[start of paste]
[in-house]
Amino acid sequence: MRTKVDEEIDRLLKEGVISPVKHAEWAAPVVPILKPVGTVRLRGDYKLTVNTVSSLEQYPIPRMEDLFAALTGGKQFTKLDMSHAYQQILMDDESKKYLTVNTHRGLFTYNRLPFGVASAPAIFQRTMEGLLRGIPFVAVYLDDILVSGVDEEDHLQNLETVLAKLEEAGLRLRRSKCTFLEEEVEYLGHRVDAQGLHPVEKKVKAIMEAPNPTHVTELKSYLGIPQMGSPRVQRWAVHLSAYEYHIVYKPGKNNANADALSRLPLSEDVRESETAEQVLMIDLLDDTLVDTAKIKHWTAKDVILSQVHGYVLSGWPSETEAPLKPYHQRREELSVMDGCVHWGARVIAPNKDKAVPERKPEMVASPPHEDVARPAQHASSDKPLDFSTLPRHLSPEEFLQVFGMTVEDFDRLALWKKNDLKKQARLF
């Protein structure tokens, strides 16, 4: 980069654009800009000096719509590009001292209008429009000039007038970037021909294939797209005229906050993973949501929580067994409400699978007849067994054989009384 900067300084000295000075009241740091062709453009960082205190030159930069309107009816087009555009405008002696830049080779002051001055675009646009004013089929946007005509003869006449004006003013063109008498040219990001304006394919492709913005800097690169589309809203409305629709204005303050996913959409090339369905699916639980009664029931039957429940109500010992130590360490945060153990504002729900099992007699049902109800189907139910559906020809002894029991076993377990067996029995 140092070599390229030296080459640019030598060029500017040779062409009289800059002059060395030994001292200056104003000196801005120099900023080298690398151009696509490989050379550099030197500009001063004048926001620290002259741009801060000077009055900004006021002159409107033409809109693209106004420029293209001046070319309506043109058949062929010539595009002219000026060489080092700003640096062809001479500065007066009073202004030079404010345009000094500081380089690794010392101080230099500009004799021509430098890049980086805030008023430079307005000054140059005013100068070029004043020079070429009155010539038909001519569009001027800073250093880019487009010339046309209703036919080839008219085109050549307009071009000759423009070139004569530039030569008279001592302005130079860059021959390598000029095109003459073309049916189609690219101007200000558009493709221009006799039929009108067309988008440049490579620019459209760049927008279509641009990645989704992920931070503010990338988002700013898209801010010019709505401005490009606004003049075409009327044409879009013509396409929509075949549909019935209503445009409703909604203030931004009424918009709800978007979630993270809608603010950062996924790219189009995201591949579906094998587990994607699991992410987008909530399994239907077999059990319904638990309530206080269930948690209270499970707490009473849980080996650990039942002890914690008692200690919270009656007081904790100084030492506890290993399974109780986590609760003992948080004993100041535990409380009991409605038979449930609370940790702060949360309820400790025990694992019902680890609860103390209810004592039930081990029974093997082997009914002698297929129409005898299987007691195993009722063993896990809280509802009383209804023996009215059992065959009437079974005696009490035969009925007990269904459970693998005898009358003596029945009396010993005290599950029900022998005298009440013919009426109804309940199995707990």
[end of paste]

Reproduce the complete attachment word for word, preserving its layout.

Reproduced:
[in-house]
Amino acid sequence: MRTKVDEEIDRLLKEGVISPVKHAEWAAPVVPILKPVGTVRLRGDYKLTVNTVSSLEQYPIPRMEDLFAALTGGKQFTKLDMSHAYQQILMDDESKKYLTVNTHRGLFTYNRLPFGVASAPAIFQRTMEGLLRGIPFVAVYLDDILVSGVDEEDHLQNLETVLAKLEEAGLRLRRSKCTFLEEEVEYLGHRVDAQGLHPVEKKVKAIMEAPNPTHVTELKSYLGIPQMGSPRVQRWAVHLSAYEYHIVYKPGKNNANADALSRLPLSEDVRESETAEQVLMIDLLDDTLVDTAKIKHWTAKDVILSQVHGYVLSGWPSETEAPLKPYHQRREELSVMDGCVHWGARVIAPNKDKAVPERKPEMVASPPHEDVARPAQHASSDKPLDFSTLPRHLSPEEFLQVFGMTVEDFDRLALWKKNDLKKQARLF
């Protein structure tokens, strides 16, 4: 980069654009800009000096719509590009001292209008429009000039007038970037021909294939797209005229906050993973949501929580067994409400699978007849067994054989009384 900067300084000295000075009241740091062709453009960082205190030159930069309107009816087009555009405008002696830049080779002051001055675009646009004013089929946007005509003869006449004006003013063109008498040219990001304006394919492709913005800097690169589309809203409305629709204005303050996913959409090339369905699916639980009664029931039957429940109500010992130590360490945060153990504002729900099992007699049902109800189907139910559906020809002894029991076993377990067996029995 140092070599390229030296080459640019030598060029500017040779062409009289800059002059060395030994001292200056104003000196801005120099900023080298690398151009696509490989050379550099030197500009001063004048926001620290002259741009801060000077009055900004006021002159409107033409809109693209106004420029293209001046070319309506043109058949062929010539595009002219000026060489080092700003640096062809001479500065007066009073202004030079404010345009000094500081380089690794010392101080230099500009004799021509430098890049980086805030008023430079307005000054140059005013100068070029004043020079070429009155010539038909001519569009001027800073250093880019487009010339046309209703036919080839008219085109050549307009071009000759423009070139004569530039030569008279001592302005130079860059021959390598000029095109003459073309049916189609690219101007200000558009493709221009006799039929009108067309988008440049490579620019459209760049927008279509641009990645989704992920931070503010990338988002700013898209801010010019709505401005490009606004003049075409009327044409879009013509396409929509075949549909019935209503445009409703909604203030931004009424918009709800978007979630993270809608603010950062996924790219189009995201591949579906094998587990994607699991992410987008909530399994239907077999059990319904638990309530206080269930948690209270499970707490009473849980080996650990039942002890914690008692200690919270009656007081904790100084030492506890290993399974109780986590609760003992948080004993100041535990409380009991409605038979449930609370940790702060949360309820400790025990694992019902680890609860103390209810004592039930081990029974093997082997009914002698297929129409005898299987007691195993009722063993896990809280509802009383209804023996009215059992065959009437079974005696009490035969009925007990269904459970693998005898009358003596029945009396010993005290599950029900022998005298009440013919009426109804309940199995707990």